You may trace techno to whatever deep historical origins in electronic music that you would like. Personally, I think the deepest roots of electronic music are in the principles of musique concret that Karlheinz Stockhausen adapted from Pierre Shaffer, and which in turn influenced Miles Davis’s landmark recordings Bitches Brew and On the Corner. Other’s may go to the first electric instruments Telharmonium and Theremin, which no doubt inspired jazz musician Raymond Scott to experiment with electronic jazz composition. A third route may be Kraftwerk, the seminal German pop group who combined the drum rhythms of Clyde Stubblefield with a brand of robotic stage presence. I’m sure there are other ways to map just where techno came from, but one place ties these strands together: Detroit.
Without Detroit no techno—whatever its deepest origins before the 1988 compilation “TECHNO!: The New Dance Sound of Detroit” there was no electronic music called techno. That seminal release christened a musical form as surely as champagne christens a boat. The boat was built before the christening, but an unchristened boat has no purpose since no one will sail in it.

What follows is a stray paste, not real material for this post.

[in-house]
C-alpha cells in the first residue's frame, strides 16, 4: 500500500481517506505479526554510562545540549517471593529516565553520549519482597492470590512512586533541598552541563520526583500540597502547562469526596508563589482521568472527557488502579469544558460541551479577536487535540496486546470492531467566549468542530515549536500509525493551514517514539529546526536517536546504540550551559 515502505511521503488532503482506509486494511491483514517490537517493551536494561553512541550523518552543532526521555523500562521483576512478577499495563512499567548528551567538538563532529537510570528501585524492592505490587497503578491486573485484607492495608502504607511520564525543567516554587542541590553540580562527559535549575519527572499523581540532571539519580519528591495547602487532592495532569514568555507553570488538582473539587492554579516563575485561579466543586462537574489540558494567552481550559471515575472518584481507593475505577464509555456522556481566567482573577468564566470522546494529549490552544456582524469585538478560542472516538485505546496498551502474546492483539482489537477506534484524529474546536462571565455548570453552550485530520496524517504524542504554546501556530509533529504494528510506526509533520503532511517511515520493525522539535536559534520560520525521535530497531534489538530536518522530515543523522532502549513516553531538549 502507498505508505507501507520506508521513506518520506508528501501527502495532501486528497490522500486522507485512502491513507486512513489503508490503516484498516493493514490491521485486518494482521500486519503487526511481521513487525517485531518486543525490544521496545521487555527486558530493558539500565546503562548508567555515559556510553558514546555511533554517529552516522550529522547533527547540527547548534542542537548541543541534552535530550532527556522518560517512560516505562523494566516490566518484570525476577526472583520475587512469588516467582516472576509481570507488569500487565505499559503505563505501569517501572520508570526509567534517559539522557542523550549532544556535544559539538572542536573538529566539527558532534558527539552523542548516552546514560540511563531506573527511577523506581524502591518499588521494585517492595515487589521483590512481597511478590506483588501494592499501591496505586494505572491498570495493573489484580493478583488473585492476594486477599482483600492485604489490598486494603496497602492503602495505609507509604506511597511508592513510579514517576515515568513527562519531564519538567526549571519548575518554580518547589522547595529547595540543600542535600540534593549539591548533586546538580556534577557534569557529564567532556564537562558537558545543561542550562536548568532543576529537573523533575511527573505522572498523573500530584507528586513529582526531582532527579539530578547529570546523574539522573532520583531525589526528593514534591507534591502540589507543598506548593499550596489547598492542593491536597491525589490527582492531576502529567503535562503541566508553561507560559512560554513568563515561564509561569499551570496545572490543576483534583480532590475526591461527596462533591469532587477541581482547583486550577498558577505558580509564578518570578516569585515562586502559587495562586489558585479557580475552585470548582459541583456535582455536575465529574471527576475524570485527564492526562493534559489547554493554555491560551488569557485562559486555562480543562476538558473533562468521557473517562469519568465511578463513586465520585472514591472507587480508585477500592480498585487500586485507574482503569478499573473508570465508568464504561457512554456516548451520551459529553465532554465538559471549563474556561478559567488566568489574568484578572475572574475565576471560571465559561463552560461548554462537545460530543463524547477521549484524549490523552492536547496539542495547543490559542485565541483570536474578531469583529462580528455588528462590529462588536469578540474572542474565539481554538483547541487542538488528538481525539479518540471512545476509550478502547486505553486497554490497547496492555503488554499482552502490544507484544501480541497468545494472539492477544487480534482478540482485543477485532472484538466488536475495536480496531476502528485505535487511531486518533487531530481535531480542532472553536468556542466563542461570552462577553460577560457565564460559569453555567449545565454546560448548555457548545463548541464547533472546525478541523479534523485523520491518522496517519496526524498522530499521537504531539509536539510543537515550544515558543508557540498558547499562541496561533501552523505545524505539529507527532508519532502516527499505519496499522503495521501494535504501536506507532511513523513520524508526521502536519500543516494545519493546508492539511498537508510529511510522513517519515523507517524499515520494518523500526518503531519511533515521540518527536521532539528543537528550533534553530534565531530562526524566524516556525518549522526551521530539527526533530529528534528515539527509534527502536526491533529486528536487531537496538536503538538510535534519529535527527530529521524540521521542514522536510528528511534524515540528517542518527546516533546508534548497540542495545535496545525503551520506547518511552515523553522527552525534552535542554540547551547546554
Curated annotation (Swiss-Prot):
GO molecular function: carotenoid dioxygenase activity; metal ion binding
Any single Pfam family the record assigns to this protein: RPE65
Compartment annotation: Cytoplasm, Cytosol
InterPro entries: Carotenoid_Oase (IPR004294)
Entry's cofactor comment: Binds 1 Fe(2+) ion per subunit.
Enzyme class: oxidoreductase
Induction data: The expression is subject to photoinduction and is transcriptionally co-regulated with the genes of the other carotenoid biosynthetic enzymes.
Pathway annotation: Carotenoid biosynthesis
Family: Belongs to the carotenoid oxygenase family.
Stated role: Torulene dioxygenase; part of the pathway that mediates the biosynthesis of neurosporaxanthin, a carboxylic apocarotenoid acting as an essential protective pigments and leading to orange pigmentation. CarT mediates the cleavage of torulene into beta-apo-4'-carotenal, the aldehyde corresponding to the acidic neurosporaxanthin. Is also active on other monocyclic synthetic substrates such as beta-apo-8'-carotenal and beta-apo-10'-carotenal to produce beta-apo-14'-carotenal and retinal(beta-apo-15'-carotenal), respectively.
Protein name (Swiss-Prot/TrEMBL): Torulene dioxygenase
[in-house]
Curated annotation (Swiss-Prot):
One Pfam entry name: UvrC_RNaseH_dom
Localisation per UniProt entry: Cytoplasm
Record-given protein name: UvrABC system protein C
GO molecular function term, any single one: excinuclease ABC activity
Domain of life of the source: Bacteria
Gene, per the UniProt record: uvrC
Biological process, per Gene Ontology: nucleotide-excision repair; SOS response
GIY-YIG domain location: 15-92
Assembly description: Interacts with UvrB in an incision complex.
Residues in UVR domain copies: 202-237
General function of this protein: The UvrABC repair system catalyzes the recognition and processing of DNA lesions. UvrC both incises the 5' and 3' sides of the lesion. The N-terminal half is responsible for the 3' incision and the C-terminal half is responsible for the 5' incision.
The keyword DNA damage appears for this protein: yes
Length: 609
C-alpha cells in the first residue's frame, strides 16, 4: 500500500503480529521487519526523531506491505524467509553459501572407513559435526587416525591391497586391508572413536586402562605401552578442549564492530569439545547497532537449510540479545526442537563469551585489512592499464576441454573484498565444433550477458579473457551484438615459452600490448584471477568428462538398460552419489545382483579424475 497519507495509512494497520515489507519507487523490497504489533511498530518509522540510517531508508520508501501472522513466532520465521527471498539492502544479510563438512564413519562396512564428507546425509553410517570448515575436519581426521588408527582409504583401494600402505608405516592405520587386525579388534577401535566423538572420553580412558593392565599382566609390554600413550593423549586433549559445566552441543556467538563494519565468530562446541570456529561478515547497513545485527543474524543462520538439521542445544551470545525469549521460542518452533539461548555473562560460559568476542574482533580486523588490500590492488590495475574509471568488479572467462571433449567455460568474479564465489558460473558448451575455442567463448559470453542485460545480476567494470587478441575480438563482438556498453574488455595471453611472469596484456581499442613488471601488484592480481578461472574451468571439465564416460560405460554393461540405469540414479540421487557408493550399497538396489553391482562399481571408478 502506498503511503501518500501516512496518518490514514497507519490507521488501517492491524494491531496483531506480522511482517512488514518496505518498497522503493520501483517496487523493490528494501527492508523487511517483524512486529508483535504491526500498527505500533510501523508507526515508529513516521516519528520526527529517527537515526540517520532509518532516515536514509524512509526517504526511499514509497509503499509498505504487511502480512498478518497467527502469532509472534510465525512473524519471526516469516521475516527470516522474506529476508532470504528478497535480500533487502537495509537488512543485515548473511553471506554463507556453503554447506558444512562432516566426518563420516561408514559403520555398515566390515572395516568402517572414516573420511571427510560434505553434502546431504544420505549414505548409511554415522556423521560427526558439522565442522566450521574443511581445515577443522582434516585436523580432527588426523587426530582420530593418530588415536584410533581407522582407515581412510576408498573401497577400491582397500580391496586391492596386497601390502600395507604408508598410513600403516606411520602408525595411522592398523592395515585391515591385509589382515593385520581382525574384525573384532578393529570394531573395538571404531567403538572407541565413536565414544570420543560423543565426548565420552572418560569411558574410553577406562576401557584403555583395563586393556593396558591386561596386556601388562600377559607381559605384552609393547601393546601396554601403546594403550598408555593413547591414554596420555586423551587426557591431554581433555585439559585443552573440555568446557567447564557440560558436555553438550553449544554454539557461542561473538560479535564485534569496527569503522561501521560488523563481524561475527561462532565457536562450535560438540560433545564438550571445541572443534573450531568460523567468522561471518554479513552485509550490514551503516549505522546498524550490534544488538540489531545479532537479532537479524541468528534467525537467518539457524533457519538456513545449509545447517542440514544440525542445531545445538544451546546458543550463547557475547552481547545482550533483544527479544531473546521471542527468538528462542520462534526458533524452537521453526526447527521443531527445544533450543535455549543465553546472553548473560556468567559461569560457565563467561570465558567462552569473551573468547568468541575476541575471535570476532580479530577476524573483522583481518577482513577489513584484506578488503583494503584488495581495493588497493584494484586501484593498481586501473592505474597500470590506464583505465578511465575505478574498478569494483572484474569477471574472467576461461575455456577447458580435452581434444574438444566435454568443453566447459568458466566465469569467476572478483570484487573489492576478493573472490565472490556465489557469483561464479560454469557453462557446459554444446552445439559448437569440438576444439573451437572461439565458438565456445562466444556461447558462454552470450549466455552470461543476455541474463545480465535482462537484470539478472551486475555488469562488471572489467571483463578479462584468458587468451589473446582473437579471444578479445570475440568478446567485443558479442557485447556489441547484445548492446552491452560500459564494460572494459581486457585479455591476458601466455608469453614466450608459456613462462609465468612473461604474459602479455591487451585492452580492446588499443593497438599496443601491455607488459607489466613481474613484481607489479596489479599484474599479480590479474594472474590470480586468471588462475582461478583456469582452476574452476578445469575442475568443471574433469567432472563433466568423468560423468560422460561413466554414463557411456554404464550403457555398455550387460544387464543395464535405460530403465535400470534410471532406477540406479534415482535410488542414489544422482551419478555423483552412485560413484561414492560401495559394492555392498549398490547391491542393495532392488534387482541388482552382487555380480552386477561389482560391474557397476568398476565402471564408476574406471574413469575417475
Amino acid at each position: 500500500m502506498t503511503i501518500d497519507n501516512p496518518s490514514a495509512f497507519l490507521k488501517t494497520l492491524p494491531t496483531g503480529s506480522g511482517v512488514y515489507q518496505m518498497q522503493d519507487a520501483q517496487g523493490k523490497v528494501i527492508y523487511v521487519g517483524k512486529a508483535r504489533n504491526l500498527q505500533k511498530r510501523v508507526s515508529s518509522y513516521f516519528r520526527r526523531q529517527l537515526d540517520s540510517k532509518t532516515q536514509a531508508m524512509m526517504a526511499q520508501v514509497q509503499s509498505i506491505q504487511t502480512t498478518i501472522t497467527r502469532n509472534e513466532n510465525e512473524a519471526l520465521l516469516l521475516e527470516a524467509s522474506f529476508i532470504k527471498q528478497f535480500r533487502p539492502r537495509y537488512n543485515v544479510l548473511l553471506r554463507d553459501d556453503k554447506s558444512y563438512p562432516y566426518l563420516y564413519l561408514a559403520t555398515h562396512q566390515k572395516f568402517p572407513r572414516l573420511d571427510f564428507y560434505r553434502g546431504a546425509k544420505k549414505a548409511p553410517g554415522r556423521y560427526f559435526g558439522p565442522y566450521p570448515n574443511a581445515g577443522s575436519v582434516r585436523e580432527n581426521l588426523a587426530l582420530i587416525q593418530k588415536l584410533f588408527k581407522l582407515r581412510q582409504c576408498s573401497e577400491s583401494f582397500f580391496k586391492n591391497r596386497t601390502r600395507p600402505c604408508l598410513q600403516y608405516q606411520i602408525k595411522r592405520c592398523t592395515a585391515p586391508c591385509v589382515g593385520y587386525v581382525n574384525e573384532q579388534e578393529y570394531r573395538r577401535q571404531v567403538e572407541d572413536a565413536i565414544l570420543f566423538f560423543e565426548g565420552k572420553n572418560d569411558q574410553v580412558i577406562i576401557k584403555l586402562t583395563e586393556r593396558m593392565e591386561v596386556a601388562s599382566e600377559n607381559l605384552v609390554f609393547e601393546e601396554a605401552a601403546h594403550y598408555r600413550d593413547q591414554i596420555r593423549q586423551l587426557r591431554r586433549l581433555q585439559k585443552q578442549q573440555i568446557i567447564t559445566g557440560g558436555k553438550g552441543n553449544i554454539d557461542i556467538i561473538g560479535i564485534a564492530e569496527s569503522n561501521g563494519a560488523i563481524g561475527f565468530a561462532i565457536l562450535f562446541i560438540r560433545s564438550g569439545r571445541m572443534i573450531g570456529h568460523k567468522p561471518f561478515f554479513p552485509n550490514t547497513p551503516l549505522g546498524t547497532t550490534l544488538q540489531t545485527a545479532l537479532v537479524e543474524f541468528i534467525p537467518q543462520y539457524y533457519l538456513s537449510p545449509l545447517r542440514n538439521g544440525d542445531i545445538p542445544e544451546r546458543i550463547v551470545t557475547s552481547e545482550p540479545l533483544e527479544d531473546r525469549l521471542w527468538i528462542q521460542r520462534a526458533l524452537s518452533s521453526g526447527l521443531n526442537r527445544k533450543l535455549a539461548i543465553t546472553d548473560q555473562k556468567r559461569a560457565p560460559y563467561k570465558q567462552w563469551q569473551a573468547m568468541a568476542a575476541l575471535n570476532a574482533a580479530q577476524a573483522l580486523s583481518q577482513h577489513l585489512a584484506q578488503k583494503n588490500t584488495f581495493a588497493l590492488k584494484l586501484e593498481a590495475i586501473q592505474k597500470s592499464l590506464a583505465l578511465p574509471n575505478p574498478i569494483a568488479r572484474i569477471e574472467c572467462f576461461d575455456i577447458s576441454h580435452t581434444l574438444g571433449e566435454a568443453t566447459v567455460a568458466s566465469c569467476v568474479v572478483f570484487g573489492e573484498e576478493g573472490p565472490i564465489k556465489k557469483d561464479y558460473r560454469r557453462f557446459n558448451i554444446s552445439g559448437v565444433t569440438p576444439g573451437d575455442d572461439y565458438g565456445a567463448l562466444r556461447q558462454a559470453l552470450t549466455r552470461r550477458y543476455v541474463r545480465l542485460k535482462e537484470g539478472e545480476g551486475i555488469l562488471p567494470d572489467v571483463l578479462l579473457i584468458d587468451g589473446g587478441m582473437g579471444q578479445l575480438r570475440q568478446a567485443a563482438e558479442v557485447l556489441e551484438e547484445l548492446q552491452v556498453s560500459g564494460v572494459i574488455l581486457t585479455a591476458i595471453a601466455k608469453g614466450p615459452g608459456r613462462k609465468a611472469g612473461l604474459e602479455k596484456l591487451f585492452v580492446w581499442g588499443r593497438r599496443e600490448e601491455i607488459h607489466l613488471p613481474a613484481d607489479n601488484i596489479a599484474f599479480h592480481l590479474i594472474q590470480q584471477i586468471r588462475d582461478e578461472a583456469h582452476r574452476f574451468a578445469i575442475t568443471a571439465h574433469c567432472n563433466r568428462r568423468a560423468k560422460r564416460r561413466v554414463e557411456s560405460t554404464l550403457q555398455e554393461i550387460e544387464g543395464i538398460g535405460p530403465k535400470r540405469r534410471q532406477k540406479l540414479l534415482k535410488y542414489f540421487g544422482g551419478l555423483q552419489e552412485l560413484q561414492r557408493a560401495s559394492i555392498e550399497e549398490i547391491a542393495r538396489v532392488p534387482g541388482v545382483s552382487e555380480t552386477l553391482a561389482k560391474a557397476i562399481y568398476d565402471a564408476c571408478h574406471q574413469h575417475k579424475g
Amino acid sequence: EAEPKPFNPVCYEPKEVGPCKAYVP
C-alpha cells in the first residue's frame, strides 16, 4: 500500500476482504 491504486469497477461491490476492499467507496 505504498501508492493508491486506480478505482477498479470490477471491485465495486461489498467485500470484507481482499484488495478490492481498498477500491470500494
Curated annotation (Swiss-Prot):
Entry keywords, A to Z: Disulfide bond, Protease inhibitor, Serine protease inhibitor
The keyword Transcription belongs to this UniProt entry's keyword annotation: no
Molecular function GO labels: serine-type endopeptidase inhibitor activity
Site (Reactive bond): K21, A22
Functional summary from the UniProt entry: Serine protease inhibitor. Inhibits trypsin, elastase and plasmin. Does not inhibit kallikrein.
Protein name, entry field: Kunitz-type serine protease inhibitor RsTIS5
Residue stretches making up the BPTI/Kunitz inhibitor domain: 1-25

Track Masta Lou has been a fixture of Detroit techno. A legend of the music, his collective of artists, Scan 7, are often called mysterious due to their deliberate practice of anonymity. Masked, known for live analogue performance, and invoking esoteric symbolism Scan 7 may be mysterious, yet they are whimsical enough to have bobble head dolls and trading cards. The true affect of being so hidden, so unknown is that their music is put in the foreground. They are unknown but their music is very knowable. Moreover it is danceable, driving, hard as nails. At the same time, this combination means that Scan 7’s very presence evokes the introspection and subtlety of the serious artist. The seriousness of an artist is often measured by longevity, and by this standard so there’s no doubting Track Masta Lou and Scan 7 collective.
Most artists will sell you merchandise and recordings, but few will ask you to write what you think about vinyl as something in return. That point should sound like an anecdote because that’s exactly how I got my bobble head, hat, records, and trading cards! Fittingly the seventh part of the Summer Series is Scan 7’s live performance at the Maximal Festival in Milan from June ’09.